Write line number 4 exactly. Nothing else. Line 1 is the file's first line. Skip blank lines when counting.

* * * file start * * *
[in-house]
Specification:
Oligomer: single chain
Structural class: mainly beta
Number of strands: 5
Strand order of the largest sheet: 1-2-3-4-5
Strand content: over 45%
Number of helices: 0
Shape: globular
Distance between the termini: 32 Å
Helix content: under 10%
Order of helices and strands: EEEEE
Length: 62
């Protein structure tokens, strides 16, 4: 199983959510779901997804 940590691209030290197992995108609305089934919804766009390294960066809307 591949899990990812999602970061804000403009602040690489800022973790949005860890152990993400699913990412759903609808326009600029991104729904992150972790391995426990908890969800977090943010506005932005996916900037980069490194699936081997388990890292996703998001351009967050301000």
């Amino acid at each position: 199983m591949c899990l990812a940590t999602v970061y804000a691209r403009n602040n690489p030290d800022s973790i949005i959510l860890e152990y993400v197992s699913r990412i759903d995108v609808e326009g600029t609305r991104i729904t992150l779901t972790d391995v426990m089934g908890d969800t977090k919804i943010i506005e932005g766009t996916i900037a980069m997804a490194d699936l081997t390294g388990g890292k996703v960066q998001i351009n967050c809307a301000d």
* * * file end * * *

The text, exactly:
Structural class: mainly beta